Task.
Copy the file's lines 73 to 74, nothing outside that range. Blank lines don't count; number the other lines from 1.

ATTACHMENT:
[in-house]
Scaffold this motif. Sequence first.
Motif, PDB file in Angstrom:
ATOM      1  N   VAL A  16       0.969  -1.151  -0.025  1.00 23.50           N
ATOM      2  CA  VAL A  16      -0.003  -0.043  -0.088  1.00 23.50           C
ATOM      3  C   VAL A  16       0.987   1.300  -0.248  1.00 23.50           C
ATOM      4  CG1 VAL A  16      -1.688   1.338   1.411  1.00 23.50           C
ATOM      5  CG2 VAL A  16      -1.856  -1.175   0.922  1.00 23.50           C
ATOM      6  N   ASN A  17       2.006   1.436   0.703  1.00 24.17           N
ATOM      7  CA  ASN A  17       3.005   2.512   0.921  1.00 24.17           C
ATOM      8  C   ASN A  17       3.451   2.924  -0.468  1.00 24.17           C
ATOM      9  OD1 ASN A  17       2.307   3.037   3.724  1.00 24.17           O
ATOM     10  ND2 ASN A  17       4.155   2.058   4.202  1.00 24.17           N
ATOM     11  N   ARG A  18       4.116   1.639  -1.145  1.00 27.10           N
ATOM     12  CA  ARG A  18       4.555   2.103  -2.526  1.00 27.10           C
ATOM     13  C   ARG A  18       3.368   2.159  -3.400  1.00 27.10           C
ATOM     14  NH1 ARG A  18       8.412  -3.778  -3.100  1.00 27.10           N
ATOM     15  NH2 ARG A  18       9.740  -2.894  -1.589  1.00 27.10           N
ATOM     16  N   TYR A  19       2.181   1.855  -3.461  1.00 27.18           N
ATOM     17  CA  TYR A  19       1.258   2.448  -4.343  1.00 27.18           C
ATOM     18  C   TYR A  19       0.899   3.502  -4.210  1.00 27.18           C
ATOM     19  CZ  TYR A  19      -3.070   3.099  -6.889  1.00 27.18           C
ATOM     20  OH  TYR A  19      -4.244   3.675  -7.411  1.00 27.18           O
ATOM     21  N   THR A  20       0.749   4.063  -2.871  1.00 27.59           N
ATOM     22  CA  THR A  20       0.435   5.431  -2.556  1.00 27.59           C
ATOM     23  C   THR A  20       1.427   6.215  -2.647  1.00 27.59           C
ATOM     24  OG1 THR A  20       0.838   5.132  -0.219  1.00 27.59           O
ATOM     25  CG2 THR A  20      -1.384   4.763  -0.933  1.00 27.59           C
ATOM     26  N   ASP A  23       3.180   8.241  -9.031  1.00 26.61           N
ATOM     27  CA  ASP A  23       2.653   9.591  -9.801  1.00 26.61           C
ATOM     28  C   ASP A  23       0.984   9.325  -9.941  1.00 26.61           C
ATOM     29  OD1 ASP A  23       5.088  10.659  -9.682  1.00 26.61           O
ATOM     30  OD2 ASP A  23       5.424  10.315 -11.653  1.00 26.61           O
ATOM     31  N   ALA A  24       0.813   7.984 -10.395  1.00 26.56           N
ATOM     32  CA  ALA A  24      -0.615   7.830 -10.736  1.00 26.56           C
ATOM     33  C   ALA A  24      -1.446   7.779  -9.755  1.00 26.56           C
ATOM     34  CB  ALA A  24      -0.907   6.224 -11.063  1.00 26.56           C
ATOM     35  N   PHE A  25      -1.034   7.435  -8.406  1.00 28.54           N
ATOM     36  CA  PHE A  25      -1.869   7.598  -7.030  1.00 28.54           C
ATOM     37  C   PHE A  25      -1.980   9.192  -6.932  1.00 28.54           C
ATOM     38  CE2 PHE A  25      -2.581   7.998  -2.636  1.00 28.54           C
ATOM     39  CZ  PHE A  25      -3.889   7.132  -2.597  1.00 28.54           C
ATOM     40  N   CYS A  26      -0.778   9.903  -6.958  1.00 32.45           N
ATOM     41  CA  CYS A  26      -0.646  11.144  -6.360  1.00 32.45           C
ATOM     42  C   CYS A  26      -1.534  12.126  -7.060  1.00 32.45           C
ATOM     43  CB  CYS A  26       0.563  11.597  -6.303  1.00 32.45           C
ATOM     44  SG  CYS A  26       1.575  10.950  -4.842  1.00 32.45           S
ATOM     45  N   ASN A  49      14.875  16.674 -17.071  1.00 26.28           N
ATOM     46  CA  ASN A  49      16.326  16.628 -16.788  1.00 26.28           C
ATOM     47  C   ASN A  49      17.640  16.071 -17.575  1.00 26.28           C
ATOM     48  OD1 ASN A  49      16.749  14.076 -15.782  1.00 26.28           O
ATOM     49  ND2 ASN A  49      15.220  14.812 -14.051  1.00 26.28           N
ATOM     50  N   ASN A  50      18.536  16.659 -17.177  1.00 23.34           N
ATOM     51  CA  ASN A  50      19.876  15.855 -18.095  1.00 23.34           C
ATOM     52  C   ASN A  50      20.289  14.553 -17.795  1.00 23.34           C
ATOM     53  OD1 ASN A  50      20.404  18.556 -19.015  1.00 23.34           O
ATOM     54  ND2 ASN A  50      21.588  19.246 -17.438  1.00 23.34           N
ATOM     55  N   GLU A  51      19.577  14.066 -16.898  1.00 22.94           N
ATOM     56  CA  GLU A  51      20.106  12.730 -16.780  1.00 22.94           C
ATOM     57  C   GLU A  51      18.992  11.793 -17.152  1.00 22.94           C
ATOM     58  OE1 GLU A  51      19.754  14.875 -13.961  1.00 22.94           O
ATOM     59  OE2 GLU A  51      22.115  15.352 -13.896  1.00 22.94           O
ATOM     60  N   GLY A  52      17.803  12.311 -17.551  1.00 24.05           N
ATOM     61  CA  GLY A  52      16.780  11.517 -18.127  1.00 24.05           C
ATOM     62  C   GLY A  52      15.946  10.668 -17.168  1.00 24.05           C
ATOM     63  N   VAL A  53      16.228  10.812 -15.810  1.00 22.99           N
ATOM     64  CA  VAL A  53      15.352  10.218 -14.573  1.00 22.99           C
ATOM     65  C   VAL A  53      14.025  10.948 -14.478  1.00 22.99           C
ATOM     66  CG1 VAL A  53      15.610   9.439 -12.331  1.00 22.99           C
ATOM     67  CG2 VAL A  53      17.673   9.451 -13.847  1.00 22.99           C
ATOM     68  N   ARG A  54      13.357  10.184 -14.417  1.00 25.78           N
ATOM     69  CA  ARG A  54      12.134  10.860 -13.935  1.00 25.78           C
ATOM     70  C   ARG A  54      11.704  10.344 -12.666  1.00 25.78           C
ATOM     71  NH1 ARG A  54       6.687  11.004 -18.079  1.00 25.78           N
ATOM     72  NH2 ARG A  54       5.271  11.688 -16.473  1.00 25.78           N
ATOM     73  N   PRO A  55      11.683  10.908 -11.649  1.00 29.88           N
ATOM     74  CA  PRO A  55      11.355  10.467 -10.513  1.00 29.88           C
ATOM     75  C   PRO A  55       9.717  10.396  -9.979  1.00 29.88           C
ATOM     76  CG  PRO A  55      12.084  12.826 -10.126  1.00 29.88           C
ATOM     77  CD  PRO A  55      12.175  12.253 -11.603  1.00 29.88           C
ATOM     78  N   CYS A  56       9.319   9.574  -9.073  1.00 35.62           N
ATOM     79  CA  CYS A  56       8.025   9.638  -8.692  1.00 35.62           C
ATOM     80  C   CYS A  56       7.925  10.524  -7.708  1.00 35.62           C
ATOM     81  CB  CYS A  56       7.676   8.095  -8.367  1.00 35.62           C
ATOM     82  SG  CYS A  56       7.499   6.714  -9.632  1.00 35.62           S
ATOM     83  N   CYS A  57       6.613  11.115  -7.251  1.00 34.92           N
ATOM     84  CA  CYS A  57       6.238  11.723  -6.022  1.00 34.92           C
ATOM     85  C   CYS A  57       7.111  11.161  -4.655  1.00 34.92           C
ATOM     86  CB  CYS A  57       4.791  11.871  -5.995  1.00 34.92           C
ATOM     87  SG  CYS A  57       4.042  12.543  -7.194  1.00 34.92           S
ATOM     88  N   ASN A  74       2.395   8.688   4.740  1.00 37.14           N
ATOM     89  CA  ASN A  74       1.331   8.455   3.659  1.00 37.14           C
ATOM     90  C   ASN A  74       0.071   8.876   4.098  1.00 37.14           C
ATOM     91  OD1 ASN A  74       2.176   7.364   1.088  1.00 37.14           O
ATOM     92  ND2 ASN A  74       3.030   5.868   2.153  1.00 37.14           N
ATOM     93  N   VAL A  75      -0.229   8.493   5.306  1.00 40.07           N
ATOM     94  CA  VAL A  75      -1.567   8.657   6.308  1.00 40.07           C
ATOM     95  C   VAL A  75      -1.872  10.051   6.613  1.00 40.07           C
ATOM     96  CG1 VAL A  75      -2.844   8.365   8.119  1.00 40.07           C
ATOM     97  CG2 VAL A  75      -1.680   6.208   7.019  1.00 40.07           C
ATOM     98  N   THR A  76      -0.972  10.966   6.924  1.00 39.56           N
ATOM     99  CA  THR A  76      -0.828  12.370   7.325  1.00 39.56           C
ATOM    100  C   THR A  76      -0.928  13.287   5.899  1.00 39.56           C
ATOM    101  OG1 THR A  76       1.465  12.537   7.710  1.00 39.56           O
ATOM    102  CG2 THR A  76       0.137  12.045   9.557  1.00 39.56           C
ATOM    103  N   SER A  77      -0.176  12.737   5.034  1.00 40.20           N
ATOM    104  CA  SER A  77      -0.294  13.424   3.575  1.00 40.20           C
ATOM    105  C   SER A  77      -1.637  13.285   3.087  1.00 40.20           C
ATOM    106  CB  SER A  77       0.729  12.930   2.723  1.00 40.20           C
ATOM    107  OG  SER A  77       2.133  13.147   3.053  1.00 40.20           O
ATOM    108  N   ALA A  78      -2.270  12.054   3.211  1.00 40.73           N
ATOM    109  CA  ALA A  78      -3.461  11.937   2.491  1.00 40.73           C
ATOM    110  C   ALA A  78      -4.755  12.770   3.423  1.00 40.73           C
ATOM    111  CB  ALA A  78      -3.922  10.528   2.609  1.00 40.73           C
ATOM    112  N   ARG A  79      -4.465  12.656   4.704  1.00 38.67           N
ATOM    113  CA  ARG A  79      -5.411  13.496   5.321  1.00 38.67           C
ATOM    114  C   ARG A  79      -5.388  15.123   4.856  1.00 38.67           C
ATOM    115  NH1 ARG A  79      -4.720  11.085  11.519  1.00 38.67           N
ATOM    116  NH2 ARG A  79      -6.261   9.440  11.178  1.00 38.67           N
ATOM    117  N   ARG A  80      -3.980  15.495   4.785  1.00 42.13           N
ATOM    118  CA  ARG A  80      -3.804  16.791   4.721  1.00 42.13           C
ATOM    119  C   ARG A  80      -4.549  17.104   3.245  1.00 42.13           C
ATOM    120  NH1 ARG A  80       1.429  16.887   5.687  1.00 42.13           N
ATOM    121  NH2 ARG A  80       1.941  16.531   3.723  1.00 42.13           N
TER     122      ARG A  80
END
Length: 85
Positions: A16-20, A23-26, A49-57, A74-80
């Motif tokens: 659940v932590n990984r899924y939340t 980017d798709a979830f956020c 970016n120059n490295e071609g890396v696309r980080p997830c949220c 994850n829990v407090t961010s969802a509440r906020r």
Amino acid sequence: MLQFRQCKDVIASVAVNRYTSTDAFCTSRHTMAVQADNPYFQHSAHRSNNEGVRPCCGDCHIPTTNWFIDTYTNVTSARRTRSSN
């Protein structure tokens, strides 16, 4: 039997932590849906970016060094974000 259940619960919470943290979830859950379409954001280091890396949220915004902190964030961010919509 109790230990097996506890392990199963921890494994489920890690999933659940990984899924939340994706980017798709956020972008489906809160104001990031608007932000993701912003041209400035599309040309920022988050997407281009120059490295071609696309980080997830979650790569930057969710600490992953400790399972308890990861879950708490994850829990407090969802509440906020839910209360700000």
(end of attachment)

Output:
ATOM     70  C   ARG A  54      11.704  10.344 -12.666  1.00 25.78           C
ATOM     71  NH1 ARG A  54       6.687  11.004 -18.079  1.00 25.78           N